This story is by Charles Cooper and was part of our 2016 Winter Writing Contest. You can find all the Winter Writing Contest stories here.
On a highway somewhat off the beaten track that winds through the Sangre de Cristo range, the traveler passes beautiful mountain vistas where narrow waterfalls cut valleys and ravines out of the rock. The occasional roadside gas station caters to the few truckers and fewer tourists traveling the edge of the Eastern Navajo Agency; but most are lonely, tumble-down rusting memorials to more prosperous days; a far cry from the bustling life of Jack Kingston’s home in Boston. Driving fast, he barely noticed these relics as he pushed north toward the ruined truckstop at Rocky Butte, which marked where the road split: one branch paved, leading up toward Taos; the other, an old dirt road slowly vanishing under brush and weeds that sloped gently into Agency land. He followed that dirt road for a quarter mile to a locked cyclone fence hung with signs warning that this was dangerous private property belonging to the Kingston Mining Company, and to keep out. There were odd, hand-made figures hung on each side of the gate and running down the length of the fence. Kingston thought of the Kachinas he saw in the airport gift shop. Getting out of the car, he cut one down and took a closer look. It was a rough carving of a man with a spear. Smiling, in spite of the almost oppressive silence of the place, he decided to keep it, a souvenir of his adventure. After all, it had been a long time coming. Kingston had waited for years to take this trip. His father had died inspecting the mine property, and now that his mother was gone nothing stood between him and the answers he sought but time and distance.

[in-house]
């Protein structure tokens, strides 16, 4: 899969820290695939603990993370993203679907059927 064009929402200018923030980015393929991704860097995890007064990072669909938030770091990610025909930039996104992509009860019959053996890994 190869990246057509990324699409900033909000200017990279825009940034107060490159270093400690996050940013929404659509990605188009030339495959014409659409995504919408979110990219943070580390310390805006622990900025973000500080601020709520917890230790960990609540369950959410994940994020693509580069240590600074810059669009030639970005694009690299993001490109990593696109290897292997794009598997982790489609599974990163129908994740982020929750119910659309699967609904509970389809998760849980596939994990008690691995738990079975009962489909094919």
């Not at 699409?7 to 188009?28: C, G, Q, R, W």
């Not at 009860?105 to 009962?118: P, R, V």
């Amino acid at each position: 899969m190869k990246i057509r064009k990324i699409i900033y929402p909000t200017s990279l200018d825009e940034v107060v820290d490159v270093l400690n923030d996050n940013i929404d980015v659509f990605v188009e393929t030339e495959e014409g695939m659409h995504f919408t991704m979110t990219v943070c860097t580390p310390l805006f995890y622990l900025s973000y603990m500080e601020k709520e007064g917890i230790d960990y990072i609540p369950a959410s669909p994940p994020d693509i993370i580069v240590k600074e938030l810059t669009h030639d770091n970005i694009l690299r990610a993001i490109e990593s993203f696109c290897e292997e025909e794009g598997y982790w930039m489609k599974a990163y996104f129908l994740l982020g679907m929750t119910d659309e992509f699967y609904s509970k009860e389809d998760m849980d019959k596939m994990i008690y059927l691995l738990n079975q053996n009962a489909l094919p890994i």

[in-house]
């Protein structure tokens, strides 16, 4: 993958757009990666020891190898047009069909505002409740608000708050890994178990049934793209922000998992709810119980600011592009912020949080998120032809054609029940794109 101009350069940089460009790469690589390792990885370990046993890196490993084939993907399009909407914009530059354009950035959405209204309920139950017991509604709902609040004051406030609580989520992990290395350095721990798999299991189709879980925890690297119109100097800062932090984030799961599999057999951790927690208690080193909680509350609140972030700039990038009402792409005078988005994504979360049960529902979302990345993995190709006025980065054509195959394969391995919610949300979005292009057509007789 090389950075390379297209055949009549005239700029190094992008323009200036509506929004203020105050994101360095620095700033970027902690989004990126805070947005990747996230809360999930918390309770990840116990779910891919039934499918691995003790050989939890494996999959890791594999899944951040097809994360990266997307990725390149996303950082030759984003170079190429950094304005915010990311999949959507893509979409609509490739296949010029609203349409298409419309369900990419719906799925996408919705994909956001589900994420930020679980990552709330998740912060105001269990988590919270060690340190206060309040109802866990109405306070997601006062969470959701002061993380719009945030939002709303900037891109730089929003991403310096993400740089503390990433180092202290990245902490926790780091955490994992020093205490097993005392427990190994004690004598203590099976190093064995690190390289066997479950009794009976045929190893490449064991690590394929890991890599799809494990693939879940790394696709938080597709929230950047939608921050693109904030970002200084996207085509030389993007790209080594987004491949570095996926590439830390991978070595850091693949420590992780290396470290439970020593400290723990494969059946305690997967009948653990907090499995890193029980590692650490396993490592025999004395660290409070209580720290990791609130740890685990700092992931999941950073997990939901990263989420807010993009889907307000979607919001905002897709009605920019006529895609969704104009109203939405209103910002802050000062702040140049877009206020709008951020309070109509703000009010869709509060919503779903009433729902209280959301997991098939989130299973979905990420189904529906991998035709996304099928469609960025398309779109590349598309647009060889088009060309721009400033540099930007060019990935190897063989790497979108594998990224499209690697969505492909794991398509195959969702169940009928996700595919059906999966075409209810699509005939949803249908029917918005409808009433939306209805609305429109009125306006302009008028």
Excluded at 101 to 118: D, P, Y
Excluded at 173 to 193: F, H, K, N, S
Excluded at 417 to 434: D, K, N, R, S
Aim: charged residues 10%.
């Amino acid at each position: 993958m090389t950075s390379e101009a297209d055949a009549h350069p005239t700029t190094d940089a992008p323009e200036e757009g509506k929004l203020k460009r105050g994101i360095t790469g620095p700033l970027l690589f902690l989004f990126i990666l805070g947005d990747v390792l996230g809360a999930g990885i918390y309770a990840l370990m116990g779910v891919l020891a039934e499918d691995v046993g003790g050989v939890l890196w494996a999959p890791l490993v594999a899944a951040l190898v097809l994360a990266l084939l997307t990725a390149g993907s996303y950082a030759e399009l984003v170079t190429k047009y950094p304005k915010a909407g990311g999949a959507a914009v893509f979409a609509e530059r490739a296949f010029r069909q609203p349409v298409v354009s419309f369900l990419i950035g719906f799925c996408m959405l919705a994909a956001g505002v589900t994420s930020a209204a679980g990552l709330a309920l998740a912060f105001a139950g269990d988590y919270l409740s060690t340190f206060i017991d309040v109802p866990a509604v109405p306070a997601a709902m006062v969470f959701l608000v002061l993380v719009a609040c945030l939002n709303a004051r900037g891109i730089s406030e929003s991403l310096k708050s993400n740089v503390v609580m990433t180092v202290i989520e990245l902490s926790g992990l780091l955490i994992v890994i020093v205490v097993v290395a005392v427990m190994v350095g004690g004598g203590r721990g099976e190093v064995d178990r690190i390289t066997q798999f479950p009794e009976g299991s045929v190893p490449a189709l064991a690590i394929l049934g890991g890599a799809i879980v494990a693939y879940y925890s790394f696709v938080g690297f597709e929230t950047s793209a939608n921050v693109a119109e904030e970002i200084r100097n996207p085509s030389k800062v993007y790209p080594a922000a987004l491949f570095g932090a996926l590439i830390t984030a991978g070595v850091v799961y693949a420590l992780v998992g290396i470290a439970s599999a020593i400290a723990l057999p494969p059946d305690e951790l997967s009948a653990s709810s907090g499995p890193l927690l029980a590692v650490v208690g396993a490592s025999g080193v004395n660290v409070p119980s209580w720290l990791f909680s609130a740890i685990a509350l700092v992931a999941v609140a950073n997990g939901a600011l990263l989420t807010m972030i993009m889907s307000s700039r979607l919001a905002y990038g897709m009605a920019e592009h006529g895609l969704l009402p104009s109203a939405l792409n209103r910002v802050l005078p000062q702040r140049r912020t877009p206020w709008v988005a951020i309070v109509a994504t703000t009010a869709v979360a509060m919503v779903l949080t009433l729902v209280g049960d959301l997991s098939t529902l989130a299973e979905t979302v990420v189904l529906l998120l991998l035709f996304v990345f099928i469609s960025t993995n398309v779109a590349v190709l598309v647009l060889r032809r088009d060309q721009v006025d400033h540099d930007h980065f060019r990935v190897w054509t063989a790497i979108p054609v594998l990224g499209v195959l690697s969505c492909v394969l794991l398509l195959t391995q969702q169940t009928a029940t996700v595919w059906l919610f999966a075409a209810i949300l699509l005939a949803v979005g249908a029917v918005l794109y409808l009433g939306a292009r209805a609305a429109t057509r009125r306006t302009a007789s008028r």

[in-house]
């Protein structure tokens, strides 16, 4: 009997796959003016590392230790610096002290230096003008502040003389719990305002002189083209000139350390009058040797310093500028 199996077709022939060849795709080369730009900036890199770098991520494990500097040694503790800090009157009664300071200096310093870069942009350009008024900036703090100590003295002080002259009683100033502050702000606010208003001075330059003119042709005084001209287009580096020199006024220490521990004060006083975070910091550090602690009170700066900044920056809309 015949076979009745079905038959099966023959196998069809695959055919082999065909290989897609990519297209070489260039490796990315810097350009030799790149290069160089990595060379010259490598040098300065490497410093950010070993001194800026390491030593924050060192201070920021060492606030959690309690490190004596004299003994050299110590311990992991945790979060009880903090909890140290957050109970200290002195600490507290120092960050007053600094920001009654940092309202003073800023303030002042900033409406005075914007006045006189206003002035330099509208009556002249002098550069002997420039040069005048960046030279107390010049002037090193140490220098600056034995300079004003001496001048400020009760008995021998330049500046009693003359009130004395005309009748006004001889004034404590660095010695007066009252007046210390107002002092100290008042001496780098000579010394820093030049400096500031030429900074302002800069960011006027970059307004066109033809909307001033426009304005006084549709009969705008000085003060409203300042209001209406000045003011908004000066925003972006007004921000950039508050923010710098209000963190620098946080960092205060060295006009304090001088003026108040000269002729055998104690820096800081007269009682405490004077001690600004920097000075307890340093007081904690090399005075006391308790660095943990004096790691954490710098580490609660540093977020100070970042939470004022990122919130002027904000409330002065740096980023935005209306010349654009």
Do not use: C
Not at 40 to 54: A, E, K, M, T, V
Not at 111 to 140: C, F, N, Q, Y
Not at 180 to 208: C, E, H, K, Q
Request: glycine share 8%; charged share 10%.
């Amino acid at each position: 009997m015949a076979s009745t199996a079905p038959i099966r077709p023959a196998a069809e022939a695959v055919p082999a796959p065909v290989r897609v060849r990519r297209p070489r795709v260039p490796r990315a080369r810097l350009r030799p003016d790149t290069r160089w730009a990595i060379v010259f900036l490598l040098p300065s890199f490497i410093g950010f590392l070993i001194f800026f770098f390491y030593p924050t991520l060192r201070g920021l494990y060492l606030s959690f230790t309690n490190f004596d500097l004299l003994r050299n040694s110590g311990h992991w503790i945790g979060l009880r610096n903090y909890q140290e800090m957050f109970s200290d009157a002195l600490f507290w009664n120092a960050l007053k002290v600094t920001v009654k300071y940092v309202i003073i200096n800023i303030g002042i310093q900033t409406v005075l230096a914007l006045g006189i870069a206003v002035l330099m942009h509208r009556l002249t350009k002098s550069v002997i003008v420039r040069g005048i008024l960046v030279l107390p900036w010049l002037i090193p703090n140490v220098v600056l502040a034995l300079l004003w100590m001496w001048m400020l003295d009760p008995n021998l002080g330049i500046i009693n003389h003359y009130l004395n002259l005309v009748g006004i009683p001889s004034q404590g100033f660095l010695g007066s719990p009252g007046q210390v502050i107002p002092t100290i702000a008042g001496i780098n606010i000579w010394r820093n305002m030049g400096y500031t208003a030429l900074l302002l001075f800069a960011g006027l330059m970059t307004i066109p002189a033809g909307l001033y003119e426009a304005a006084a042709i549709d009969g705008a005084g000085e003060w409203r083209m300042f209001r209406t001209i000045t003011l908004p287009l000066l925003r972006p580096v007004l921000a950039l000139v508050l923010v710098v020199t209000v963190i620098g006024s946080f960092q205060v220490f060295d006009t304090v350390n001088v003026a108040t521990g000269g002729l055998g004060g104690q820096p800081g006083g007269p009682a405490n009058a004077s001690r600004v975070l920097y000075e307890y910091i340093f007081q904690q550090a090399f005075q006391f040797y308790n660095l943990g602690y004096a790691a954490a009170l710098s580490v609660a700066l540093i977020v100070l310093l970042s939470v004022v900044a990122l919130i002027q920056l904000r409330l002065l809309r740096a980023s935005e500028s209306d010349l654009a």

Distance was the easy part. Kingston made good time in this baking, barren place. Speeding through the curves of the empty winding road to the screaming sound of the Beastie Boys, he reached the Kingston Copper Mine just before five. After staring through the fence for several minutes at the torn, burnt and twisted landscape beyond, taking down the little figure from the fence, and shaking off a feeling of eerie anticipation, he returned to the air conditioned comfort of his rented Porsche and switched on his iPad. There was a man in a little village near Taos who was present when the mine was destroyed. He put the car into drive. It shuddered and died. “Shit! Fucking rental car!” Kingston restarted the engine. It sputtered for a moment, caught, and settled into a throaty hum. He carefully put it into gear and gently accelerated back up the dirt road.